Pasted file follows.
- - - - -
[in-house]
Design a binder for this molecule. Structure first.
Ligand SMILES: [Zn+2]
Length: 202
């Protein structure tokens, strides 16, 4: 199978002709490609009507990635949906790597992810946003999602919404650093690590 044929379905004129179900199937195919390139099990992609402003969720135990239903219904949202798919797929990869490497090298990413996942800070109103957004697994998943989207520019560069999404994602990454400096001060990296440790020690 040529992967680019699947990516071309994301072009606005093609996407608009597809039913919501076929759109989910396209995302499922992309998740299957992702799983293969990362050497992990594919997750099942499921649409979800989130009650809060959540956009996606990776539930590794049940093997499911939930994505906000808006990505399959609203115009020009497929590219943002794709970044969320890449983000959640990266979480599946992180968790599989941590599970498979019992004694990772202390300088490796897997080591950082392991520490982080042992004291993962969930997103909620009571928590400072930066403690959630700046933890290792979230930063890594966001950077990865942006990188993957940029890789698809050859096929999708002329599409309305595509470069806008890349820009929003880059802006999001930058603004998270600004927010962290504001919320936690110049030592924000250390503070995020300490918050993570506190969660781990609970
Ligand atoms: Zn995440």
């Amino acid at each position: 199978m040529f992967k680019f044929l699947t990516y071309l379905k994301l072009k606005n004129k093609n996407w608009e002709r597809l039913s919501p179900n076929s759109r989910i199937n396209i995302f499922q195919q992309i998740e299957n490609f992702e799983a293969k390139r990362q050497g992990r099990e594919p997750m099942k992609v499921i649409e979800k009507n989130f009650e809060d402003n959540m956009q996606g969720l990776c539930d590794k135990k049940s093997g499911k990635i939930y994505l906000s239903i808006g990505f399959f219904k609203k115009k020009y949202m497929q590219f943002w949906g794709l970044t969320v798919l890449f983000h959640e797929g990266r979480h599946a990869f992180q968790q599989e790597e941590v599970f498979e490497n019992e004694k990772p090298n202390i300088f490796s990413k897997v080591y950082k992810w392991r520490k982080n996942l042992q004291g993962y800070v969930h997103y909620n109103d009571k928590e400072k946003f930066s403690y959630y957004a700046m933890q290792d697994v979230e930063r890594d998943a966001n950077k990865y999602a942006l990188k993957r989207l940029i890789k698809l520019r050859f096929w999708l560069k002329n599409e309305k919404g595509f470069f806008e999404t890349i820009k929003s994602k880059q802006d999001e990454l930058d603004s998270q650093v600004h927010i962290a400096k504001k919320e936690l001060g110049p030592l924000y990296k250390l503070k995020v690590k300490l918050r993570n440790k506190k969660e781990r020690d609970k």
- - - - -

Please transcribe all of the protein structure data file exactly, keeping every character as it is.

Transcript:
[in-house]
Design a binder for this molecule. Structure first.
Ligand SMILES: [Zn+2]
Length: 202
């Protein structure tokens, strides 16, 4: 199978002709490609009507990635949906790597992810946003999602919404650093690590 044929379905004129179900199937195919390139099990992609402003969720135990239903219904949202798919797929990869490497090298990413996942800070109103957004697994998943989207520019560069999404994602990454400096001060990296440790020690 040529992967680019699947990516071309994301072009606005093609996407608009597809039913919501076929759109989910396209995302499922992309998740299957992702799983293969990362050497992990594919997750099942499921649409979800989130009650809060959540956009996606990776539930590794049940093997499911939930994505906000808006990505399959609203115009020009497929590219943002794709970044969320890449983000959640990266979480599946992180968790599989941590599970498979019992004694990772202390300088490796897997080591950082392991520490982080042992004291993962969930997103909620009571928590400072930066403690959630700046933890290792979230930063890594966001950077990865942006990188993957940029890789698809050859096929999708002329599409309305595509470069806008890349820009929003880059802006999001930058603004998270600004927010962290504001919320936690110049030592924000250390503070995020300490918050993570506190969660781990609970
Ligand atoms: Zn995440």
């Amino acid at each position: 199978m040529f992967k680019f044929l699947t990516y071309l379905k994301l072009k606005n004129k093609n996407w608009e002709r597809l039913s919501p179900n076929s759109r989910i199937n396209i995302f499922q195919q992309i998740e299957n490609f992702e799983a293969k390139r990362q050497g992990r099990e594919p997750m099942k992609v499921i649409e979800k009507n989130f009650e809060d402003n959540m956009q996606g969720l990776c539930d590794k135990k049940s093997g499911k990635i939930y994505l906000s239903i808006g990505f399959f219904k609203k115009k020009y949202m497929q590219f943002w949906g794709l970044t969320v798919l890449f983000h959640e797929g990266r979480h599946a990869f992180q968790q599989e790597e941590v599970f498979e490497n019992e004694k990772p090298n202390i300088f490796s990413k897997v080591y950082k992810w392991r520490k982080n996942l042992q004291g993962y800070v969930h997103y909620n109103d009571k928590e400072k946003f930066s403690y959630y957004a700046m933890q290792d697994v979230e930063r890594d998943a966001n950077k990865y999602a942006l990188k993957r989207l940029i890789k698809l520019r050859f096929w999708l560069k002329n599409e309305k919404g595509f470069f806008e999404t890349i820009k929003s994602k880059q802006d999001e990454l930058d603004s998270q650093v600004h927010i962290a400096k504001k919320e936690l001060g110049p030592l924000y990296k250390l503070k995020v690590k300490l918050r993570n440790k506190k969660e781990r020690d609970k």